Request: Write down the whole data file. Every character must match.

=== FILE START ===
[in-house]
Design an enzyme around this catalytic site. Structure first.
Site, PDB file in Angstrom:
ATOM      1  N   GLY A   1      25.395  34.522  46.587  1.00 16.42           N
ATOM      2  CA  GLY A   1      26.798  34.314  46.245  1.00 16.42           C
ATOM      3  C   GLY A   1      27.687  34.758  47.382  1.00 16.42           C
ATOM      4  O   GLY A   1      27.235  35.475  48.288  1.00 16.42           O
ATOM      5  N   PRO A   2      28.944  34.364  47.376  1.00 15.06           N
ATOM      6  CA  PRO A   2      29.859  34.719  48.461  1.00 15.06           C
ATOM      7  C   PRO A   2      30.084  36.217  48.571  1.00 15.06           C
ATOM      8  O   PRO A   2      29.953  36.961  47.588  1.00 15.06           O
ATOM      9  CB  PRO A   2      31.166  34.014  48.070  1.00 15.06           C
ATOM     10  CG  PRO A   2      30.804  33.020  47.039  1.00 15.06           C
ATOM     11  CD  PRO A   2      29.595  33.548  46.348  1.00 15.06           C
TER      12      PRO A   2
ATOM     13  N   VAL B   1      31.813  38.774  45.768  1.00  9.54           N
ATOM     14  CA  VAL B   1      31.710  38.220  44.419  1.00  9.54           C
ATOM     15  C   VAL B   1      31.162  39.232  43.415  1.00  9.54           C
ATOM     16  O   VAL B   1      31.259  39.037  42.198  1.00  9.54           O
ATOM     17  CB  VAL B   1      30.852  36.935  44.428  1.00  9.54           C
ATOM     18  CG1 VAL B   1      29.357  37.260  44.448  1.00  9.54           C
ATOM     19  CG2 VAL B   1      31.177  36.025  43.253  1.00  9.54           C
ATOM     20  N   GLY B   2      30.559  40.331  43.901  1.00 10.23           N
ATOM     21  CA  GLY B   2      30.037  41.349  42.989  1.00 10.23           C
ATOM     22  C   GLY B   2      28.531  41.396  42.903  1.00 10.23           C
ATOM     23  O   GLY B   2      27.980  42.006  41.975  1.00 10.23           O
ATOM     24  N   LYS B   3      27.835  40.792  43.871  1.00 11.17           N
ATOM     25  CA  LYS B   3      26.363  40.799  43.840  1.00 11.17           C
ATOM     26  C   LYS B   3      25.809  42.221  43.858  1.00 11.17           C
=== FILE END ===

[in-house]
Design an enzyme around this catalytic site. Structure first.
Site, PDB file in Angstrom:
ATOM      1  N   GLY A   1      25.395  34.522  46.587  1.00 16.42           N
ATOM      2  CA  GLY A   1      26.798  34.314  46.245  1.00 16.42           C
ATOM      3  C   GLY A   1      27.687  34.758  47.382  1.00 16.42           C
ATOM      4  O   GLY A   1      27.235  35.475  48.288  1.00 16.42           O
ATOM      5  N   PRO A   2      28.944  34.364  47.376  1.00 15.06           N
ATOM      6  CA  PRO A   2      29.859  34.719  48.461  1.00 15.06           C
ATOM      7  C   PRO A   2      30.084  36.217  48.571  1.00 15.06           C
ATOM      8  O   PRO A   2      29.953  36.961  47.588  1.00 15.06           O
ATOM      9  CB  PRO A   2      31.166  34.014  48.070  1.00 15.06           C
ATOM     10  CG  PRO A   2      30.804  33.020  47.039  1.00 15.06           C
ATOM     11  CD  PRO A   2      29.595  33.548  46.348  1.00 15.06           C
TER      12      PRO A   2
ATOM     13  N   VAL B   1      31.813  38.774  45.768  1.00  9.54           N
ATOM     14  CA  VAL B   1      31.710  38.220  44.419  1.00  9.54           C
ATOM     15  C   VAL B   1      31.162  39.232  43.415  1.00  9.54           C
ATOM     16  O   VAL B   1      31.259  39.037  42.198  1.00  9.54           O
ATOM     17  CB  VAL B   1      30.852  36.935  44.428  1.00  9.54           C
ATOM     18  CG1 VAL B   1      29.357  37.260  44.448  1.00  9.54           C
ATOM     19  CG2 VAL B   1      31.177  36.025  43.253  1.00  9.54           C
ATOM     20  N   GLY B   2      30.559  40.331  43.901  1.00 10.23           N
ATOM     21  CA  GLY B   2      30.037  41.349  42.989  1.00 10.23           C
ATOM     22  C   GLY B   2      28.531  41.396  42.903  1.00 10.23           C
ATOM     23  O   GLY B   2      27.980  42.006  41.975  1.00 10.23           O
ATOM     24  N   LYS B   3      27.835  40.792  43.871  1.00 11.17           N
ATOM     25  CA  LYS B   3      26.363  40.799  43.840  1.00 11.17           C
ATOM     26  C   LYS B   3      25.809  42.221  43.858  1.00 11.17           C